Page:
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Tripartite Nile dam talks fail to reach agreement

Christian Fernsby |
Egypt, Ethiopia and Sudan failed to reach a consensus in their latest talks over the filling and operation of Ethiopia's new dam on the Nile River, Egypt said.

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Topics: NILE    DAM   

"The three states couldn't reach a consensus on the water released from the Grand Ethiopian Renaissance Dam (GERD) in the different hydrological conditions of the Blue Nile branch," said the Egyptian Ministry of Water Resources and Irrigation in a statement.

It also lamented "the lack of clear measures from the Ethiopian side to preserve the capacity of Egypt's High Dam to face the different effects that may result from filling and operating the GERD."

The latest two-day talks, which ended on Thursday in Addis Ababa, capital of Ethiopia, involved the water ministers and technical delegations of the three countries, with the participation of mediators from the United States and the World Bank.

Upstream Nile Basin country Ethiopia started building its grand hydropower dam in 2011 on the Blue Nile, while Egypt, a downstream country, is concerned that the dam might affect its 55.5-billion-cubic-meter annual share of Nile water.

Egypt's fellow downstream country Sudan eyes future benefits from the GERD construction despite Egyptian concerns. The GERD is expected to produce over 6,000 megawatts of electricity and become Africa's largest hydropower dam upon completion.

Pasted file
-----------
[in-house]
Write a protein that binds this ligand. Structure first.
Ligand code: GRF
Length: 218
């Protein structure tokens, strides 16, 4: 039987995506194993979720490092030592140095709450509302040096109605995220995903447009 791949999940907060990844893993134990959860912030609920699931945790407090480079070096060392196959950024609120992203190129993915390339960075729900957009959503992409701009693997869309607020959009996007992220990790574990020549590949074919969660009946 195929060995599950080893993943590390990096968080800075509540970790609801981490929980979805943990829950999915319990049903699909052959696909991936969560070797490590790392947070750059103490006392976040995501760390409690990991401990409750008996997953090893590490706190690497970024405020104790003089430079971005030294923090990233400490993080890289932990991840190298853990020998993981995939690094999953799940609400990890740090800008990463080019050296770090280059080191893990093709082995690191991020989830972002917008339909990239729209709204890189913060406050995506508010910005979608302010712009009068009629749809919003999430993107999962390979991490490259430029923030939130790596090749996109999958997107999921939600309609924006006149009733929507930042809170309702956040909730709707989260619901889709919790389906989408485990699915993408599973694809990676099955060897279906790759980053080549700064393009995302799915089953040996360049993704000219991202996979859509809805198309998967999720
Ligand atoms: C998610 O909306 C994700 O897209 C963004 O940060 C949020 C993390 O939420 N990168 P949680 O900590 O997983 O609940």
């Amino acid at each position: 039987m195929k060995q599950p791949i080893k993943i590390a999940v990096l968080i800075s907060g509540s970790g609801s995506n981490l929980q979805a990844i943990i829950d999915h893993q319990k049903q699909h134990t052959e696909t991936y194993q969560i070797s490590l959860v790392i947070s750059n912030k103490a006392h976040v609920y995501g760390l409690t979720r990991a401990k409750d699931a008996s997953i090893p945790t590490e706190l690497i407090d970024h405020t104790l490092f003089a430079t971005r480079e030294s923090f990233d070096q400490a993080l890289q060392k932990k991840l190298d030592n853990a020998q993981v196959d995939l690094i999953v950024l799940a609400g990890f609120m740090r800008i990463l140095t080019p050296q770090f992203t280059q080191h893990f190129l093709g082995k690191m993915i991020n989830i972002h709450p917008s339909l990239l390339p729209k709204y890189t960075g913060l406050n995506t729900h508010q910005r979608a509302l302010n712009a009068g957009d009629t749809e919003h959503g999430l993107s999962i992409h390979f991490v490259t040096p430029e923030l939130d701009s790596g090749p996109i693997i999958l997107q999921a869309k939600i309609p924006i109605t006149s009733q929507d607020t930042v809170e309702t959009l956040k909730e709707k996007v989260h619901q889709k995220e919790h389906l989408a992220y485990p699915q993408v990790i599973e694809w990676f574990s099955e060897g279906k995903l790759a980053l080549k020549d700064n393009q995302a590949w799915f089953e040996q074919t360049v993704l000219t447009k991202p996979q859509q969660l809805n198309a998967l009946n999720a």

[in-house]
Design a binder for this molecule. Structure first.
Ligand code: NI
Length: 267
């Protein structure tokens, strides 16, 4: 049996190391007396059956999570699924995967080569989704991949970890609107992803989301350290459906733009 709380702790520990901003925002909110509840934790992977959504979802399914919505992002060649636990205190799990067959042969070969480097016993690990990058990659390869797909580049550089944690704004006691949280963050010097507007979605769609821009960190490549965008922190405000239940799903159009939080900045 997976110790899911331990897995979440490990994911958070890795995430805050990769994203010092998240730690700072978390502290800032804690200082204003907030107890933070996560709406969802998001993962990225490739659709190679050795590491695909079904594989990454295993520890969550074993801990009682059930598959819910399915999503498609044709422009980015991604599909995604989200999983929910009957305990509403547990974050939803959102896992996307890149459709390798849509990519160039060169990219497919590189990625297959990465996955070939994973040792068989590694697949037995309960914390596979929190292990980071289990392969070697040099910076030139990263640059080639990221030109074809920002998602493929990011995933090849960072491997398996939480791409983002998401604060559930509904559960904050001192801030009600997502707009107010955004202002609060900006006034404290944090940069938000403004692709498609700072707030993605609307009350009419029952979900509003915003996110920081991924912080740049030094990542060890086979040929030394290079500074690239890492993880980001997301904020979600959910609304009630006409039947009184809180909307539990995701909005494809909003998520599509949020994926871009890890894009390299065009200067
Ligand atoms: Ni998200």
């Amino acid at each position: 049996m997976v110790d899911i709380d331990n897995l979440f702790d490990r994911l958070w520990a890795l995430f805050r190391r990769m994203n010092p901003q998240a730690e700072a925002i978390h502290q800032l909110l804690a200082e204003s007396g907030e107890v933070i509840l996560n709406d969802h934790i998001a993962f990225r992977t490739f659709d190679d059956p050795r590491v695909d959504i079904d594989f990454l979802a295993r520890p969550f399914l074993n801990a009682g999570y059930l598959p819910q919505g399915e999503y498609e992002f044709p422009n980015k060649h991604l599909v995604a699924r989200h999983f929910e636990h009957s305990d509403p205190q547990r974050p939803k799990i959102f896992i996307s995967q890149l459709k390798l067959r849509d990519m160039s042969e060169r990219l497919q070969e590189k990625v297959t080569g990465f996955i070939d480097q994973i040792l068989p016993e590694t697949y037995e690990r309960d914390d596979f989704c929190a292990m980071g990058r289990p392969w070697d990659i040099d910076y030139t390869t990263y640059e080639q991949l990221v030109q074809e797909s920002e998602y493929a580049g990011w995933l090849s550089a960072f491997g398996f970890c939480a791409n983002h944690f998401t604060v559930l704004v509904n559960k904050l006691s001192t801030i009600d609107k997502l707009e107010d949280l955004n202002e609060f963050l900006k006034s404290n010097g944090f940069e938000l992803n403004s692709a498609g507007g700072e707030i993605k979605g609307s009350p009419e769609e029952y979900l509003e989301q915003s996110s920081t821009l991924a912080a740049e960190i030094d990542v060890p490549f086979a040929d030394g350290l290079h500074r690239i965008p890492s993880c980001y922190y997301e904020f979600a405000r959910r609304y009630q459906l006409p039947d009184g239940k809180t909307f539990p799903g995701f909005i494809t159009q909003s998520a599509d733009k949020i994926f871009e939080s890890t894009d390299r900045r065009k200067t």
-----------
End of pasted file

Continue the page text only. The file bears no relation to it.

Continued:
"Egypt tried to bridge the gap in positions by presenting proposals and studies that guarantee Ethiopia's continuous and high-efficiency electricity generation during periods of severe drought without harming Egyptian water interests," said the Egyptian ministry.

Egypt seeks a minimum annual flow of 40 billion cubic meters of water from the Blue Nile branch to its lands, while Ethiopia wants to allow an annual passage of 35 billion cubic meters only during the period of filling the dam and the times of drought.

Filling the reservoir, whose total capacity is 74 billion cubic meters, may take several years. While Ethiopia wants to fill it in five to six years, Egypt seeks to prolong the period to avoid the negative effects of water shortage, which is a main point of their talks.

After years of deadlock, the negotiations between Egypt, Ethiopia and Sudan have recently restarted with the U.S. mediation.

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